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The Observer: The Russians buy up our Centrica? What a gas …

Frank Kane
Sunday February 5, 2006
What an awful stench there was last week of sheer xenophobic hypocrisy at the suggestion that Russian oil giant Gazprom might be interested in buying Britain's gas business Centrica. 'Robust scrutiny' was the DTI response, which is Whitehallese for 'not on your nelly', and the Russians appeared to scuttle back into their permafrost, muttering about 'misinterpretations and misunderstandings'.
There is no doubt, however, that Gazprom would like to buy the British gas business. (The Takeover Panel will soon make them say, one way or the other). The hints and nudges have been coming out of Moscow loud and clear for the past few weeks, as if the Russians were preparing the market for a bid. They have the gas in abundance; we have the customers and the infrastructure to deliver it. In the era of globalisation, putting the two together makes obvious economic and industrial sense.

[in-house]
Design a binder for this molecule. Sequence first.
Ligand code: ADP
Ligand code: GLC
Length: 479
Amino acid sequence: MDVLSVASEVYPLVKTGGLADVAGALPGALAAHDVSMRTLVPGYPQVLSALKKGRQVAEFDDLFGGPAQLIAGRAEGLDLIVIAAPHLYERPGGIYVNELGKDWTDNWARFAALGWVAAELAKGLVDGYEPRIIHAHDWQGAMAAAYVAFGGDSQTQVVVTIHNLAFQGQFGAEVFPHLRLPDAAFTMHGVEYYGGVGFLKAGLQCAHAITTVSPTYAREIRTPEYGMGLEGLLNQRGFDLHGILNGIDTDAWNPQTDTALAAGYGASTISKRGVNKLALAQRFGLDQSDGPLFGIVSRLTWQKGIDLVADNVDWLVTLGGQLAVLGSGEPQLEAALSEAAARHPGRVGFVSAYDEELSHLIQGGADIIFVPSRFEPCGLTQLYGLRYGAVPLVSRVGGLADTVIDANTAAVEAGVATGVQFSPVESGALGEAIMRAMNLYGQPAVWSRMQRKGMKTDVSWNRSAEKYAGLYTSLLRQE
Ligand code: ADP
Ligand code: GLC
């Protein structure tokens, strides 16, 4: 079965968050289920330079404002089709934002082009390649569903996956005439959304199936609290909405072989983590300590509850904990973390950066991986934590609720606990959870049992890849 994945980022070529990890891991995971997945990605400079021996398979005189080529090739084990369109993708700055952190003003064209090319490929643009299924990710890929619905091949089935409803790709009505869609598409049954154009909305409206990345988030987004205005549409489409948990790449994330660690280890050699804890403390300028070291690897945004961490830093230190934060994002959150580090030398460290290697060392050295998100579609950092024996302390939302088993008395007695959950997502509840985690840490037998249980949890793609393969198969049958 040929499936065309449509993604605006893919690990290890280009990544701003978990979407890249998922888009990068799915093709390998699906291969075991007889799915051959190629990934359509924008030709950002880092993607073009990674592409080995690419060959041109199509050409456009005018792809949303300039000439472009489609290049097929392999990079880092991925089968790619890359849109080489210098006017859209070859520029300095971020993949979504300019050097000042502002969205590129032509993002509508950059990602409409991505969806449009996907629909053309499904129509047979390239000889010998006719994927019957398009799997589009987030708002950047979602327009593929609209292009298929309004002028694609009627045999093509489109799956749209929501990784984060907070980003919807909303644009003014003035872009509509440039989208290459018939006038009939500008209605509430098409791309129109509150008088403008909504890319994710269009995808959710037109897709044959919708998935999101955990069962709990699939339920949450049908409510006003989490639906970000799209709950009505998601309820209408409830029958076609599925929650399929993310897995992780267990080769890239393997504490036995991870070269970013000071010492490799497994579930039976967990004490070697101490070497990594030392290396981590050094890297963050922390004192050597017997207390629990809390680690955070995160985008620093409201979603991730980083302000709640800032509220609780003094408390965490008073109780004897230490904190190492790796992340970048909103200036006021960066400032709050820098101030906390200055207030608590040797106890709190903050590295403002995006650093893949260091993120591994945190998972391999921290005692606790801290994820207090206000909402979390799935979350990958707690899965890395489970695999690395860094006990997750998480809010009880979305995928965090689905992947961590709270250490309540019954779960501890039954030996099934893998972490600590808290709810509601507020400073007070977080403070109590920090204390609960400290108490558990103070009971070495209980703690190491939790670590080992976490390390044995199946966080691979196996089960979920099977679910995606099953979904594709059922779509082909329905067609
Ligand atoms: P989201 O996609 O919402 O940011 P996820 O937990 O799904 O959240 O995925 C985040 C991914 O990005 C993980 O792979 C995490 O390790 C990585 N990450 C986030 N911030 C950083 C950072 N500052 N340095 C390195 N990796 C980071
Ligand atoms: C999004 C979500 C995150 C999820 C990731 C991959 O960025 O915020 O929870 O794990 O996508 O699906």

And, if the Russians had made their intentions obvious before their little fall-out with Ukraine over gas prices, they would have had a good chance of getting the issues debated fair and square. But the photos of Kiev citizens shivering in Europe's worst winter for decades as Moscow turned off the taps has surely done for Gazprom's ambitions.
But how will the British government explain that to President Putin? You can forgive the Russians their surprise at being cold-shouldered, because all the signs were that Britain was an accommodating business partner. After all, the London Stock Exchange has been lifting its skirts to any Russian with a chequered past that wanted to raise some capital.
And the likes of Shell and BP have not been put off by the maverick nature of Russian business – indeed, they have spent billions trying to get their hands on the country's oil resources.
But now the Russians are being told: 'Sorry, it cannot work the other way round. We don't trust you with our gas industry.' Utter hypocrisy.
If Putin really wants to expose British double-think he should instruct Gazprom to take on some top-notch investment bankers and mount a serious cash offer for Centrica. Shareholders would bite their hands off at the right price, and then we could enjoy the sight of the British government squirming to find a reason to block the bid.
That would also leave Centrica nicely in play, with private equity groups best placed to buy it. They would have no qualms about selling it on to the Russians in a few years' time, when we've all forgotten about the Ukraine.

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